If Brown can continue his upward trajectory, not just as a run defender but as a pass rusher as well, the former seventh-overall pick could definitely ascend into one of the league’s most dangerous interior defenders.

23) Ed Oliver, Buffalo Bills

We see ridiculous player comps all the time. Every year the anime meme with the butterfly floating away shows up, “is name redacted the next Patrick Mahomes?” The same happened to Ed Oliver when during the draft cycle he was endlessly compared to Aaron Donald. It didn’t help that Oliver leaned into it, saying he could be Donald and more at the NFL level.

It’s great to have confidence, but those expectations were patently ridiculous at the time, and they look downright silly now. Donald is the greatest defensive tackle we’ve ever seen, and Oliver is a decent player. Oliver may still round into one of the most dangerous interior rushers in the game, but heading into Year 5, he’s not lived up to his lofty expectations.

24) Harrison Phillips, Minnesota Vikings

Every offseason, Harrison Phillips heads back to his high school to train with the team’s wrestlers. His wrestling background was a huge talking point while playing at Stanford, and it shows up endlessly on his tape as a run defender.

Phillips is not an outrageous athlete, but he possesses outstanding flexibility and control, which allows him to play with impressive leverage against the run. While he rarely gives the quarterback a scare, he makes more than enough plays against the run to justify the contract Minnesota gave him last offseason.

25) Calais Campbell, Baltimore Ravens

Defensive players don’t play for 15 years in the NFL. But the NFL’s resident beanstalk was already an anomaly, so why wouldn’t he double it?

Being 6-foot-8 is not an advantage in the NFL, particularly on the defensive side of the ball. There are 6-foot-8 offensive tackles that survive and even thrive, but we never see defensive linemen that size have the type of success Campbell has had.

But the former second-round pick with lackluster athleticism has used every bit of his nearly 36-inch arms to their fullest extent over the years. It also helps that he has positional flexibility. He’s played everywhere from over the center to outside of the offensive formation, and he is still providing Baltimore with solid reps on the defensive interior at 35.

26) Al Woods, Seattle Seahawks

Al Woods is well beyond his athletic prime, but he’s so mentally sharp that he’s able to remain a high-level run defender well into his 30s. He took a bit of a backseat in 2022, playing only about 60% of the snaps he had the season before, but his massive frame continued to show up on film for an up-and-down Seattle defense.

There’s no guarantee he’ll be back with Seattle for his 13th NFL season, or if there even will be a 13th NFL season. But if he does return, there’s a good chance he’ll look like the Seahawks’ best interior run defender once again.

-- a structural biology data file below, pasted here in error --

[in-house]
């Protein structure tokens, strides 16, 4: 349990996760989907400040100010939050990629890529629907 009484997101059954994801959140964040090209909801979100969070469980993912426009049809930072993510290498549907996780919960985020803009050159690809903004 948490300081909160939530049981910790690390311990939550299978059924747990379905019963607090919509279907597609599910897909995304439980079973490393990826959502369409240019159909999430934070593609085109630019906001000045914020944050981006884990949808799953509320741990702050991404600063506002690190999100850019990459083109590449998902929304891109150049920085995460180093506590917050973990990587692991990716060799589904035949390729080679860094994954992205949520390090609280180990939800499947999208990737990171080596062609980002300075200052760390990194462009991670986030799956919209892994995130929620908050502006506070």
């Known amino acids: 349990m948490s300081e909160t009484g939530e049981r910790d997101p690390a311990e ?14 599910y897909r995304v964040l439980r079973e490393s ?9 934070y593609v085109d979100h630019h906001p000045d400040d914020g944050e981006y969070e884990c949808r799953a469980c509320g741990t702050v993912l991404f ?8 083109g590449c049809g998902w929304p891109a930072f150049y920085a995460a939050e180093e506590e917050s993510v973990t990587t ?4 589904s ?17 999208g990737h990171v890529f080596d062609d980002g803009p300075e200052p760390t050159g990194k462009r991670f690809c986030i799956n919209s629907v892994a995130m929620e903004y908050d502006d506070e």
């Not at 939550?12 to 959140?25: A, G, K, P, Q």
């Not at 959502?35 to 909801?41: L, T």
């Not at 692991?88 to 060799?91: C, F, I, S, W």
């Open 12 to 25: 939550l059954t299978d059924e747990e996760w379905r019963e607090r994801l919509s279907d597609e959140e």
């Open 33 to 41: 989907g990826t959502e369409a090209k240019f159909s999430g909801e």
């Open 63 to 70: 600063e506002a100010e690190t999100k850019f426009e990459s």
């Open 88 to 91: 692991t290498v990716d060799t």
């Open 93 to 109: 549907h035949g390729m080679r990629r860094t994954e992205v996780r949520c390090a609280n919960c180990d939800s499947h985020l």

27) Poona Ford, Seattle Seahawks

Poona Ford has been a player that every coach should want on their football team, dating back to his days at the University of Texas. The 5-foot-11, 310-pound defensive tackle plays like his pants are on fire, down in and down out.

He’s played far more snaps farther from the center over the past two seasons. While he’s been productive in that role, he’s better suited to playing as a true nose or as a 2i. He’s an outstanding presence in the center of a defense in a one-gap or two-gap role, but the closer he plays to the center, the better.

28) Christian Barmore, New England Patriots

Christian Barmore should probably be higher on the list, but the second-year player could only manage a tick over 300 defensive snaps in 2022 due to injury.

The interior rusher in Bill Belichick’s defense amassed nearly 50 pressures as a rookie, proving to be one of the few interior defenders who could play the position at a high level right away, which is interesting considering he was seen as a bit of a raw, inexperienced prospect coming out of Alabama.

29) B.J. Hill, Cincinnati Bengals

The names at the bottom of this list are all really good football players. B.J. Hill is a solid run defender who brings a little juice as a pass rusher. But he also played a ridiculous 815 snaps for the Bengals’ defense in 2022.

Big men get tired. It’s impossible not to lose a bit of steam throughout the course of a game and season when one is being subjected to that many crashes into opposing 300-pounders. To stay healthy is a feat in and of itself.

30) Folorunso Fatukasi, Jacksonville Jaguars

If your team needs a run-defending player in the B gap on early downs, few are a better option than Folorunso Fatukasi. The former Jet has made a living defending the run. He offers essentially nothing as a pass rusher but is an outstanding, technical run defender.

He was unable to reproduce the backfield production he’d accumulated over the previous two seasons in 2022, but Fatukasi was an integral part in the Jaguars’ ascension from AFC South basement-dwellers to division champions.

31) DaQuan Jones, Los Angeles Rams

DaQuan Jones is another one of the league’s underrated interior defenders. He posted a career-high 30 pressures in 2022 while continuing to contribute his usual high-end run defending. There are few true nose tackles in the NFL these days, but Jones is one of the few. But Jones can align all over the defensive line as a run defender.

32) Jordan Davis, Philadelphia Eagles

Jordan Davis could soon become one of the most dominant figures in the NFL. The Eagles first-round pick played limited snaps behind Hargrave and Cox, and he needs to sharpen his pass-rush repertoire, but the Eagles’ top draft pick is a freak athlete with all the potential in the world.